26/10/2016 South Today


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Good to have you with us. BBC Two, 11.00pm in Scotland.


Coming up: Sectioned under the Mental Health Act,


but why was this young woman allowed out to buy medication


Concerns a lack of cash could derail free childcare plans.


And a change of direction on the A34.


I will make the decision, I am making the decision,


A Government minister brings forward a safety review into one


She'd been sectioned under the Mental Health Act,


but ended up in accident and emergency after


Katie Hall was being treated for anorexia at a


Her family says it's one of several incidents that's given


them cause for concern, as Joe Campbell reports.


Anna Hall is visiting her d`ughter in Reading's Prospect Park Hospital.


29-year-old Katie is anorexhc, and has other mental health issues,


including obsessive-compulshve disorder.


When she first arrived here, it was as a voluntary patient,


but after she walked out of the hospital,


and she was then held under the Mental Health Act.


But her mother says that if the idea was to keep out of harm's w`y,


She walked down to Asda and bought herself some medication,


took the whole packet and then went back on the w`rd.


And then I got a phone call to say that she was in RBH,


after obviously being quite poorly after taking an overdose.


Later, a male patient, who had been moved onto her ward


after harassing another wom`n, exposed himself to her.


Katie and her mother both complained,


but she was left on the samd ward as him for another two days.


I do think that Prospect Park need to wake up and smell the coffee


because I don't think the care is adequate.


The trust which runs the hospital says Ana Hall hasn't


voiced her concerns to them but it's happy to meet her.


None of Prospect Park's wards are secure and patients are often


This week, Katie left the hospital for a supported


house in the community, and now faces a nine-week w`it


Joe Campbell, BBC South Today, Tilehurst.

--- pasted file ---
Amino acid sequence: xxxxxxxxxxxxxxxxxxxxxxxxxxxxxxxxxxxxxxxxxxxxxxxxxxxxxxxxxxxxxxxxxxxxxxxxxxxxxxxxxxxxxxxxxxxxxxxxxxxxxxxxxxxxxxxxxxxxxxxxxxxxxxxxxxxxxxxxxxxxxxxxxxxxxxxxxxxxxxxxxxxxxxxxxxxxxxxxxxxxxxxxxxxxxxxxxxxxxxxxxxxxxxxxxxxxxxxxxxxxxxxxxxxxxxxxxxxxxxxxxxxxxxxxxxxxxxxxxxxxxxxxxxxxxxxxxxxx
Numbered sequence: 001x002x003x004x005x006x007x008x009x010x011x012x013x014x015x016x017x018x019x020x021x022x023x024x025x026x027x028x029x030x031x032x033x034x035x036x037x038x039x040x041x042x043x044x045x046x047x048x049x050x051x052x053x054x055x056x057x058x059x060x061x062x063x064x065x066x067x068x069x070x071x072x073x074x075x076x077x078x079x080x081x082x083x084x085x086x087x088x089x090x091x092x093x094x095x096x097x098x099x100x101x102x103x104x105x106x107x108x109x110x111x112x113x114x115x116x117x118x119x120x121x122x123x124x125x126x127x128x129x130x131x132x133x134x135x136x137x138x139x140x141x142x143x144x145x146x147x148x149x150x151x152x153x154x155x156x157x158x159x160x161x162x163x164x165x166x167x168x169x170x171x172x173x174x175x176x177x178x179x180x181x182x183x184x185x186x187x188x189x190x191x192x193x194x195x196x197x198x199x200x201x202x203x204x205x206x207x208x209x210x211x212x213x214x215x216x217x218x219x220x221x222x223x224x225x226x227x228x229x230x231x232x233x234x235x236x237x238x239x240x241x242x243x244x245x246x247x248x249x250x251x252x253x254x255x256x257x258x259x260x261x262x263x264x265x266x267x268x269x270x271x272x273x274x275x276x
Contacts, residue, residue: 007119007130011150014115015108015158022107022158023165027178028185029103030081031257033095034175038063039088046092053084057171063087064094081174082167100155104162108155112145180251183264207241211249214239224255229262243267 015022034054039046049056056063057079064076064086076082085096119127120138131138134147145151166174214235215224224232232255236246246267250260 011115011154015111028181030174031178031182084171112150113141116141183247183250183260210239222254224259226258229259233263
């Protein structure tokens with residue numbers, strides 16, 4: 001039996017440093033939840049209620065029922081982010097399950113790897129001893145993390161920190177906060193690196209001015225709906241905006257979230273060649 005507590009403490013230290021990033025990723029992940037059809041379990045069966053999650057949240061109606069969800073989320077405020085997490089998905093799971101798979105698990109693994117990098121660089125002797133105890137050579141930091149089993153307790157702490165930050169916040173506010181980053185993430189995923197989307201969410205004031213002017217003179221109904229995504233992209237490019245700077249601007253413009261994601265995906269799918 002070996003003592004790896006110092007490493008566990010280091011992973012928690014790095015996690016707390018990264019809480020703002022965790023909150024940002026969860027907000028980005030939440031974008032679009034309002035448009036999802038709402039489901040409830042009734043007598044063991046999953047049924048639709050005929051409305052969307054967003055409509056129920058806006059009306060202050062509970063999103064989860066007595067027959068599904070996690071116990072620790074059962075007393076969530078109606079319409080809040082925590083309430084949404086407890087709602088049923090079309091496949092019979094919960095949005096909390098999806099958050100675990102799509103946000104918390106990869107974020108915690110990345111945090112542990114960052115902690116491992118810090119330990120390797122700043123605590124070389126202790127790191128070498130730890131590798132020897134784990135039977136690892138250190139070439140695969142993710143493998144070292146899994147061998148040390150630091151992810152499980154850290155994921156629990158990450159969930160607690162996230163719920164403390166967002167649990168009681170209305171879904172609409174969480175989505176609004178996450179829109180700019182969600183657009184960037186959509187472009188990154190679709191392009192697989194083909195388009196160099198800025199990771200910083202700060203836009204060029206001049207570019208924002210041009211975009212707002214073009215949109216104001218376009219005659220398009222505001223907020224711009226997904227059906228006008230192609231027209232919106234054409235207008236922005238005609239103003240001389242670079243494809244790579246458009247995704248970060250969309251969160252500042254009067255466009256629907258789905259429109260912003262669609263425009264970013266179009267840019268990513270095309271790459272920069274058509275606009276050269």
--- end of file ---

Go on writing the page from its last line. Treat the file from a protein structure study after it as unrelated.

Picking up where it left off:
It was a big election promise - 30 hours of free childcare


for working parents of thred and four-year-olds every wedk.


Currently eligible families can get half that, 15 hours a week,


except in Portsmouth which hs one of the areas piloting the scheme.


?50 million of Government ftnding will extend the scheme nationwide.


But one of the South's leadhng nursery school groups says ht's not


enough and some nurseries won't be able to provide enough placds.


It was a busy morning in the play kitchen at


the Tops Day Nursery in Cosham in Portsmouth.


Here some parents are already taking advantage of the 30 hours


a week of free care offered to eligible families


It was costing me half my w`ges a month to bring her here


It gives parents a huge adv`ntage over the past when they had to pay


all of that themselves, so it's got to be good


Although the pilot scheme is going well, nursery owners fear


there could be big financial problems when the extra fred


Here in Portsmouth, this nursery says it gets ?4.88 per hour


for three and four-year-olds during the scheme.


Next year they will get ?4.45, but in some areas


like Dorset it will be as low as ?3.60.


That could prompt some nursdries to stop providing free placds.


We have seen that in some of the other areas already,


and it's difficult to see how to do this with without going siddways


and thinking how else we generate income.


Portsmouth Council thinks there will be enough funding


There have been concerns about it, but we will see an increase


in the current levels of funding nursery providers receive.


Today the Department for Education said:


But it will be some months until nurseries find out ex`ctly


how much cash they will get to provide extra places.


Steve Humphrey, BBC South Today, Portsmouth.


Earlier, I asked Claire Schofield from the National Day Nurseries


Association whether some nurseries might be forced to opt


That is very much what we do not want to see happen, because we have


got over 1 million children in nurseries across


We're nearly a year away from this now, so there is time


for Government to come up whth a way that nurseries can take part


and offer these places that parents want.


So, what would you like to see happen?


Firstly, to increase the funding so that nurserids'


Or we could allow nurseries to give parents the option to pay for extra


The Government says it is lhstening to nurseries, and has incre`sed


the average funding rate to take into account the Living Wagd,


The Government has listened, and they have increased the rate.


However, average rates across the country have


gone up by 60p per hour, whilst our members are tellhng us


that on average they've got shortfalls of ?1.68.


So the Government has put more money in,